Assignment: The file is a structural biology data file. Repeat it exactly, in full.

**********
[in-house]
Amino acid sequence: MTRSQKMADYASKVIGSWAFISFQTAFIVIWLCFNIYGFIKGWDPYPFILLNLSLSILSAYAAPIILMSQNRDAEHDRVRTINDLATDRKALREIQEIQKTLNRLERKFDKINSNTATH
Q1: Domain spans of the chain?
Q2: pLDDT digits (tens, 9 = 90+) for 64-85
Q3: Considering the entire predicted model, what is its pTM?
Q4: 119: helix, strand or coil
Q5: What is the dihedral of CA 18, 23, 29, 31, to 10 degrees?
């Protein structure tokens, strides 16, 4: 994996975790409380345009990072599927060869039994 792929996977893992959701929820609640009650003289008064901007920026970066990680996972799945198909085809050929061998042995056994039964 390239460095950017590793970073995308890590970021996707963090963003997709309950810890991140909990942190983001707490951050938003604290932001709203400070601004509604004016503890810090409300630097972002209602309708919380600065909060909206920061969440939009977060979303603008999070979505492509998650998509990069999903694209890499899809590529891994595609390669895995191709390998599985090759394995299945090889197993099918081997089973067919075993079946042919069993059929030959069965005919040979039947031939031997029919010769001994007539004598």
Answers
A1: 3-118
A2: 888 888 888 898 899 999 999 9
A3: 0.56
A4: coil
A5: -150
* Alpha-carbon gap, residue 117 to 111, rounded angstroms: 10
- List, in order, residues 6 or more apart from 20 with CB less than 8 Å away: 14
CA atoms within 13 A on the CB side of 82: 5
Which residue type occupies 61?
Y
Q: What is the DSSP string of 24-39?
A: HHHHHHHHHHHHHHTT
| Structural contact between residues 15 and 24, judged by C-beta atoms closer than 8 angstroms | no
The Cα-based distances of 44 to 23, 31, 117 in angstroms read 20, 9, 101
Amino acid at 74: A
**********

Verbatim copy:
[in-house]
Amino acid sequence: MTRSQKMADYASKVIGSWAFISFQTAFIVIWLCFNIYGFIKGWDPYPFILLNLSLSILSAYAAPIILMSQNRDAEHDRVRTINDLATDRKALREIQEIQKTLNRLERKFDKINSNTATH
Q1: Domain spans of the chain?
Q2: pLDDT digits (tens, 9 = 90+) for 64-85
Q3: Considering the entire predicted model, what is its pTM?
Q4: 119: helix, strand or coil
Q5: What is the dihedral of CA 18, 23, 29, 31, to 10 degrees?
């Protein structure tokens, strides 16, 4: 994996975790409380345009990072599927060869039994 792929996977893992959701929820609640009650003289008064901007920026970066990680996972799945198909085809050929061998042995056994039964 390239460095950017590793970073995308890590970021996707963090963003997709309950810890991140909990942190983001707490951050938003604290932001709203400070601004509604004016503890810090409300630097972002209602309708919380600065909060909206920061969440939009977060979303603008999070979505492509998650998509990069999903694209890499899809590529891994595609390669895995191709390998599985090759394995299945090889197993099918081997089973067919075993079946042919069993059929030959069965005919040979039947031939031997029919010769001994007539004598």
Answers
A1: 3-118
A2: 888 888 888 898 899 999 999 9
A3: 0.56
A4: coil
A5: -150
* Alpha-carbon gap, residue 117 to 111, rounded angstroms: 10
- List, in order, residues 6 or more apart from 20 with CB less than 8 Å away: 14
CA atoms within 13 A on the CB side of 82: 5
Which residue type occupies 61?
Y
Q: What is the DSSP string of 24-39?
A: HHHHHHHHHHHHHHTT
| Structural contact between residues 15 and 24, judged by C-beta atoms closer than 8 angstroms | no
The Cα-based distances of 44 to 23, 31, 117 in angstroms read 20, 9, 101
Amino acid at 74: A